Archaeologists from the University of Leicester have discovered the first evidence for Julius Caesar’s invasion of Britain in 54BC.
Based on new evidence, the team suggests that in 54BC Julius Caesar’s fleet first landed in Britain at Pegwell Bay on the Isle of Thanet, the north—east point of Kent. The presence of Roman weapons and other artefacts at the site overlooking Pegwell Bay suggests it was a Roman base dating to 1st century BC. The site may be up to 20 hectares in size and it is believed that the main purpose of the fort was to protect Caesar’s fleet.
The University of Leicester project, which is funded by the Leverhulme Trust, was prompted by the discovery of a large defensive ditch in archaeological excavations before a new road was built. The shape of the ditch at Ebbsfleet, a hamlet in Thanet, is very similar to some of the Roman defences at Alésia in France, where the decisive battle in the Gallic War took place in 52BC.
The project has involved surveys of hillforts that may have been attacked by Caesar, studies in museums of objects that may have been made or buried at the time of the invasions, such as coin hoards, and excavations in Kent.
This location of the fort matches Caesar’s own account of his landing in 54 BC, with three clues about the topography of the landing site being consistent with him having landed in Pegwell Bay: its visibility from the sea, the existence of a large open bay, and the presence of higher ground nearby.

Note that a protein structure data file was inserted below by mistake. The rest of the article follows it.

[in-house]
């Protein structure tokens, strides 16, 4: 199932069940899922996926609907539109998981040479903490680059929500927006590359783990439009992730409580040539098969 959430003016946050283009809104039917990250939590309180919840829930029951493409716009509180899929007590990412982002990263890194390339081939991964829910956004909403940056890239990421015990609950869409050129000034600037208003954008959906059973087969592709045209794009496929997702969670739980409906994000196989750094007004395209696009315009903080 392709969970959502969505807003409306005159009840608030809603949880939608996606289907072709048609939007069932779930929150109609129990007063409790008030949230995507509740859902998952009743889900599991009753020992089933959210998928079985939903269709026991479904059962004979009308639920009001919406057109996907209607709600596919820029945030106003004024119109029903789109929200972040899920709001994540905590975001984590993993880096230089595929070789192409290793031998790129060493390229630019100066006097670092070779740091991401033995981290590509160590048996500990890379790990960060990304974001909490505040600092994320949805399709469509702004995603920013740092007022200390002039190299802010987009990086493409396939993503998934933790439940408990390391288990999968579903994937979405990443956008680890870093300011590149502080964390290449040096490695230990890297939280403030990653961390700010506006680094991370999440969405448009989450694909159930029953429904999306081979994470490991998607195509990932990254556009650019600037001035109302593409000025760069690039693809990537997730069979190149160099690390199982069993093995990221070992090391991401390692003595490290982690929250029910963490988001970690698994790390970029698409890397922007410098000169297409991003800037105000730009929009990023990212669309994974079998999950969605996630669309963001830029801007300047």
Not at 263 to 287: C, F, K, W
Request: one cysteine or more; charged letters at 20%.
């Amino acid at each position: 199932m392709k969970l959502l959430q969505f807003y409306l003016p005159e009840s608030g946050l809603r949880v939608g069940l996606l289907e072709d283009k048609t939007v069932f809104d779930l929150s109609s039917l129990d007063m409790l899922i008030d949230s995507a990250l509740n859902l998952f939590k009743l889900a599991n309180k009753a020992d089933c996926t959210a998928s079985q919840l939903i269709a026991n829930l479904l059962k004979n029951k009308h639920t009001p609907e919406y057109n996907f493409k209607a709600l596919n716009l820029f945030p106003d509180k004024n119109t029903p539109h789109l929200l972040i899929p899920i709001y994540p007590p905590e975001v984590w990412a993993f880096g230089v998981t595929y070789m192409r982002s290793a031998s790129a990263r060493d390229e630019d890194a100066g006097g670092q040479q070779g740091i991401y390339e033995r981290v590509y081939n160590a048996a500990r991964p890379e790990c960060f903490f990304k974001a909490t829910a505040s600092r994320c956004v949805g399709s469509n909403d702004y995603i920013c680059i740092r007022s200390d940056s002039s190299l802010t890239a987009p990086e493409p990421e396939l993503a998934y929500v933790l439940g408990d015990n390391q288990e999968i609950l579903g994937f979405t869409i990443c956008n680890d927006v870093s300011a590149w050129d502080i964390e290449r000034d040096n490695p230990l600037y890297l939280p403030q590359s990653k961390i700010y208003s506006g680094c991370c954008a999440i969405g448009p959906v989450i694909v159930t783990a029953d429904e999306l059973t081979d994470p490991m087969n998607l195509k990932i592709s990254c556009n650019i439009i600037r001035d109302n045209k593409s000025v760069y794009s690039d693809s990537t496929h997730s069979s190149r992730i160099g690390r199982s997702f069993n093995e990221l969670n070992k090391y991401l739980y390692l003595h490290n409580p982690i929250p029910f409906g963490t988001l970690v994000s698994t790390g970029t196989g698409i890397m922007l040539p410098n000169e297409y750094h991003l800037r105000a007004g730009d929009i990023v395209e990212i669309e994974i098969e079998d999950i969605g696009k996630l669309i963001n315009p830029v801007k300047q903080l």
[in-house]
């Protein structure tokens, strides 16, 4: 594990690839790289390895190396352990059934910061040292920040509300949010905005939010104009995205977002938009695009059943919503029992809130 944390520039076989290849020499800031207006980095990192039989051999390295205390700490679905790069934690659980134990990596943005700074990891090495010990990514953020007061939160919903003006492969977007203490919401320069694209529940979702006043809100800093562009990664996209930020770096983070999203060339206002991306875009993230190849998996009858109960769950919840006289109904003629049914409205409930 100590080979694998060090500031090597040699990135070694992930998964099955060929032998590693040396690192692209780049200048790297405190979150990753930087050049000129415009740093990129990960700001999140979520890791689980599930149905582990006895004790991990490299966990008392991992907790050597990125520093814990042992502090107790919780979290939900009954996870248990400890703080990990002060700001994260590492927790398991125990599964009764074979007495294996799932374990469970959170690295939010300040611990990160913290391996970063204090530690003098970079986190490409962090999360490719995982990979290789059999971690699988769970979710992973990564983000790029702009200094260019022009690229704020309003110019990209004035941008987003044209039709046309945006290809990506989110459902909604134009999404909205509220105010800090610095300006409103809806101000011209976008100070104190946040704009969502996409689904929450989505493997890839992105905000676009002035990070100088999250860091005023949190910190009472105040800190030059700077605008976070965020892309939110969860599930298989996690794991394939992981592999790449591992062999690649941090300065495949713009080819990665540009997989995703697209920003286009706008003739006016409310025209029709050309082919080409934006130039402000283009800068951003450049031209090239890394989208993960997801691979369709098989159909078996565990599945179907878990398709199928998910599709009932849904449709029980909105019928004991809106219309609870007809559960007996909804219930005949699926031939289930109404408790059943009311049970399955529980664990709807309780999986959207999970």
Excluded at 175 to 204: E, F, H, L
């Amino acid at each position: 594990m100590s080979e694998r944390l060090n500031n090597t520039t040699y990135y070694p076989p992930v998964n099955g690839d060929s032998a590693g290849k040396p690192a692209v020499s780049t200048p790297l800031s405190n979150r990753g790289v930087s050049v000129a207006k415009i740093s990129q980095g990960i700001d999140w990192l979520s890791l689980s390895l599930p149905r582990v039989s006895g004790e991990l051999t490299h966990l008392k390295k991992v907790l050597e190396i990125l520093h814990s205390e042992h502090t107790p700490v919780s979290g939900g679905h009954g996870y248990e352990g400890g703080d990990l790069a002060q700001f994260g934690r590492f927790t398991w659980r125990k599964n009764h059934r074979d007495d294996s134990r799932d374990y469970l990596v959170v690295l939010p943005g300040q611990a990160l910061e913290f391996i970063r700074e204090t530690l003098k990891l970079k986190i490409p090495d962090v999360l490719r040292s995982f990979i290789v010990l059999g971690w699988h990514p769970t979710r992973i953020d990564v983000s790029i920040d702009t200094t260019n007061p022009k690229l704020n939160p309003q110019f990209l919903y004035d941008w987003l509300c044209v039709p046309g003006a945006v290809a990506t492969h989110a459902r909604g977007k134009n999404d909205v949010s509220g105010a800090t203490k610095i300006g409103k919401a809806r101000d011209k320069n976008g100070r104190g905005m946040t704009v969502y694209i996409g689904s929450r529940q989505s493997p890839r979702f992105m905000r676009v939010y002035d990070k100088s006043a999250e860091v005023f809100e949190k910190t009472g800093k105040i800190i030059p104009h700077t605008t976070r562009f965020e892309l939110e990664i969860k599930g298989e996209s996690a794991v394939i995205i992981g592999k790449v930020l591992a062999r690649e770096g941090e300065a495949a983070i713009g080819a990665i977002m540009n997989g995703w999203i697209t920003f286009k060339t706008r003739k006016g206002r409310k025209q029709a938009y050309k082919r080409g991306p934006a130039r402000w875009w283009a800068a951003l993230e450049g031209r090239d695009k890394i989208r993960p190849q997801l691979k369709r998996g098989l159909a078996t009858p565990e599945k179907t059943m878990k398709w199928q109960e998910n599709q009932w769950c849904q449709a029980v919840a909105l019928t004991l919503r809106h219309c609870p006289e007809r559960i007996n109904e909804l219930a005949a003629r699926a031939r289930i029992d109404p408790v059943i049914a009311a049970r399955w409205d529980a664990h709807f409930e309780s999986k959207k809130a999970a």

The site, overlooking Pegwell Bay, is now 900m inland but at the time of Caesar’s invasions it was closer to the coast. The ditch is 4-5 metres wide and 2 metres deep and is dated by pottery and radiocarbon dates to the 1st century BC. Additionally, the size, and shape, of the defences at Ebbsfleet and the presence of iron weapons including a Roman pilum (javelin) all suggest that the site at Ebbsfleet was once a Roman base of 1st century BC date.
Image Credit: All images © University of Leicester, the aerial view is by courtesy of Dean Barkley